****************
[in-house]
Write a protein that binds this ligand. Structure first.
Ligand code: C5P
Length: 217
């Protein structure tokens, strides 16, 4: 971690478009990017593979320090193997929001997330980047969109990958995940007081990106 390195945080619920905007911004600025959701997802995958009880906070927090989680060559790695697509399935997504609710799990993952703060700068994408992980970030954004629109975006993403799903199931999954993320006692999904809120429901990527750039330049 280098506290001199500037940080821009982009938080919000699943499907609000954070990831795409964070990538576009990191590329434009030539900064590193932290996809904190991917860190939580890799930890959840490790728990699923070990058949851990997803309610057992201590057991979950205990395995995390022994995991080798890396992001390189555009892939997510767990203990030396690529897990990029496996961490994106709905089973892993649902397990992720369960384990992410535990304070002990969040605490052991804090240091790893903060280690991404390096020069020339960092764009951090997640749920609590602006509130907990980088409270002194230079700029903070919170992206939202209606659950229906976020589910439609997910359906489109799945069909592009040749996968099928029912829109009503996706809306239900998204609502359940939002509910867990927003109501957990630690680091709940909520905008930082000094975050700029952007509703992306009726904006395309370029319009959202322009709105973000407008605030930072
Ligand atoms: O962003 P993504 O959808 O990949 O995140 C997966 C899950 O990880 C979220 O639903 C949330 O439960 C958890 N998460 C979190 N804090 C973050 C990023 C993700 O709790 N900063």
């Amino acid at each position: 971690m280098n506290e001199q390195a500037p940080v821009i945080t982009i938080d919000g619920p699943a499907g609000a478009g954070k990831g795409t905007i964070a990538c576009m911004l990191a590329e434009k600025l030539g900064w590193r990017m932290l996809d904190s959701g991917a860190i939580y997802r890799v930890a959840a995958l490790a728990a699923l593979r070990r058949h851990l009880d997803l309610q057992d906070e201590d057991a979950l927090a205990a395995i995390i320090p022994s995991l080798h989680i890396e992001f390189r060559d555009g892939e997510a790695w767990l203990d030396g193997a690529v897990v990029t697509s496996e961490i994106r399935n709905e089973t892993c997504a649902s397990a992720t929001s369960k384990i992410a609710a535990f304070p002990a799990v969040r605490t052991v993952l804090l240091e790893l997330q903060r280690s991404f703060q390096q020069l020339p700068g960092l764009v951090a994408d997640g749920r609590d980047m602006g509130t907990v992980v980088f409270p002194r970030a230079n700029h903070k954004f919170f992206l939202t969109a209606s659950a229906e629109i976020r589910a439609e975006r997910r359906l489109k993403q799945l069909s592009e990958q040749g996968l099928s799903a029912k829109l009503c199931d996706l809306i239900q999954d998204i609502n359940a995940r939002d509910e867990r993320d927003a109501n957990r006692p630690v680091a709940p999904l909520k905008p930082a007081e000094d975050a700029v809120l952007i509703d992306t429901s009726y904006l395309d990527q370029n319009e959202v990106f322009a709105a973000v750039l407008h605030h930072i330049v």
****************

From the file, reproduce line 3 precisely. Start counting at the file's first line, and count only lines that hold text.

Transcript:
Ligand code: C5P